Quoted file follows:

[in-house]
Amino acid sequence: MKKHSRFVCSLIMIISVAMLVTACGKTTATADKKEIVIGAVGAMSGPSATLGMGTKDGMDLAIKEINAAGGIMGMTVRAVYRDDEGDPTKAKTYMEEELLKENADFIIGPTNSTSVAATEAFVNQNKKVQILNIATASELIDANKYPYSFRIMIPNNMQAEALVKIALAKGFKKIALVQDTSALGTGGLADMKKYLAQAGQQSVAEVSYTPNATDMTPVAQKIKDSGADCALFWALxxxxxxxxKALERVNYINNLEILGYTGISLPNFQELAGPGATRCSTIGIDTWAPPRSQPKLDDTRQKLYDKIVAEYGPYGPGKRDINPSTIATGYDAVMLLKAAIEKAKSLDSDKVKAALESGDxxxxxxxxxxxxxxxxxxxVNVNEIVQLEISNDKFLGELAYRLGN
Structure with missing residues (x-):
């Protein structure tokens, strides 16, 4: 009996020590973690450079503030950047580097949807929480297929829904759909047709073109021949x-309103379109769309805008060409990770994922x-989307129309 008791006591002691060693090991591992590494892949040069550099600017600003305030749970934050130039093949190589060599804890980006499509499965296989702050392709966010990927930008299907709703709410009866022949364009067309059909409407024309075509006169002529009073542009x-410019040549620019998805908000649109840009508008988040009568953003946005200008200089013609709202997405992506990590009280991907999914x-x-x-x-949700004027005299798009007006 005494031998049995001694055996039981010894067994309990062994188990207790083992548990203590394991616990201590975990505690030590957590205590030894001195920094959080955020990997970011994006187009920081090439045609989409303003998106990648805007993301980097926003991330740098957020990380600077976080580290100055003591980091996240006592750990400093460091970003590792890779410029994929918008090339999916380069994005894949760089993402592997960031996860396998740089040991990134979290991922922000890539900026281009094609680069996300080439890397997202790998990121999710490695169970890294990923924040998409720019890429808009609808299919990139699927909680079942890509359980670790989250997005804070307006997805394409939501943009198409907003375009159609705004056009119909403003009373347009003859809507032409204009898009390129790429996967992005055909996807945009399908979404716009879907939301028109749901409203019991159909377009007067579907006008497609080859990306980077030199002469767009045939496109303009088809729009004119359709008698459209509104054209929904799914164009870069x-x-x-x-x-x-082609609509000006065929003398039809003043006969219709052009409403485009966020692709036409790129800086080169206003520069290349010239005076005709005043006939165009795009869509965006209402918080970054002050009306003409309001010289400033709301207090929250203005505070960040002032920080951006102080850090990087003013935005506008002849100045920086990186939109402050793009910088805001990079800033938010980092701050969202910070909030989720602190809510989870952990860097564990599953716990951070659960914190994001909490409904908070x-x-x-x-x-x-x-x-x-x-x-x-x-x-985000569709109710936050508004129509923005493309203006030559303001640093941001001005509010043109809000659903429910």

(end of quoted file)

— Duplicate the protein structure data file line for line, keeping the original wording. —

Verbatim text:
[in-house]
Amino acid sequence: MKKHSRFVCSLIMIISVAMLVTACGKTTATADKKEIVIGAVGAMSGPSATLGMGTKDGMDLAIKEINAAGGIMGMTVRAVYRDDEGDPTKAKTYMEEELLKENADFIIGPTNSTSVAATEAFVNQNKKVQILNIATASELIDANKYPYSFRIMIPNNMQAEALVKIALAKGFKKIALVQDTSALGTGGLADMKKYLAQAGQQSVAEVSYTPNATDMTPVAQKIKDSGADCALFWALxxxxxxxxKALERVNYINNLEILGYTGISLPNFQELAGPGATRCSTIGIDTWAPPRSQPKLDDTRQKLYDKIVAEYGPYGPGKRDINPSTIATGYDAVMLLKAAIEKAKSLDSDKVKAALESGDxxxxxxxxxxxxxxxxxxxVNVNEIVQLEISNDKFLGELAYRLGN
Structure with missing residues (x-):
């Protein structure tokens, strides 16, 4: 009996020590973690450079503030950047580097949807929480297929829904759909047709073109021949x-309103379109769309805008060409990770994922x-989307129309 008791006591002691060693090991591992590494892949040069550099600017600003305030749970934050130039093949190589060599804890980006499509499965296989702050392709966010990927930008299907709703709410009866022949364009067309059909409407024309075509006169002529009073542009x-410019040549620019998805908000649109840009508008988040009568953003946005200008200089013609709202997405992506990590009280991907999914x-x-x-x-949700004027005299798009007006 005494031998049995001694055996039981010894067994309990062994188990207790083992548990203590394991616990201590975990505690030590957590205590030894001195920094959080955020990997970011994006187009920081090439045609989409303003998106990648805007993301980097926003991330740098957020990380600077976080580290100055003591980091996240006592750990400093460091970003590792890779410029994929918008090339999916380069994005894949760089993402592997960031996860396998740089040991990134979290991922922000890539900026281009094609680069996300080439890397997202790998990121999710490695169970890294990923924040998409720019890429808009609808299919990139699927909680079942890509359980670790989250997005804070307006997805394409939501943009198409907003375009159609705004056009119909403003009373347009003859809507032409204009898009390129790429996967992005055909996807945009399908979404716009879907939301028109749901409203019991159909377009007067579907006008497609080859990306980077030199002469767009045939496109303009088809729009004119359709008698459209509104054209929904799914164009870069x-x-x-x-x-x-082609609509000006065929003398039809003043006969219709052009409403485009966020692709036409790129800086080169206003520069290349010239005076005709005043006939165009795009869509965006209402918080970054002050009306003409309001010289400033709301207090929250203005505070960040002032920080951006102080850090990087003013935005506008002849100045920086990186939109402050793009910088805001990079800033938010980092701050969202910070909030989720602190809510989870952990860097564990599953716990951070659960914190994001909490409904908070x-x-x-x-x-x-x-x-x-x-x-x-x-x-985000569709109710936050508004129509923005493309203006030559303001640093941001001005509010043109809000659903429910």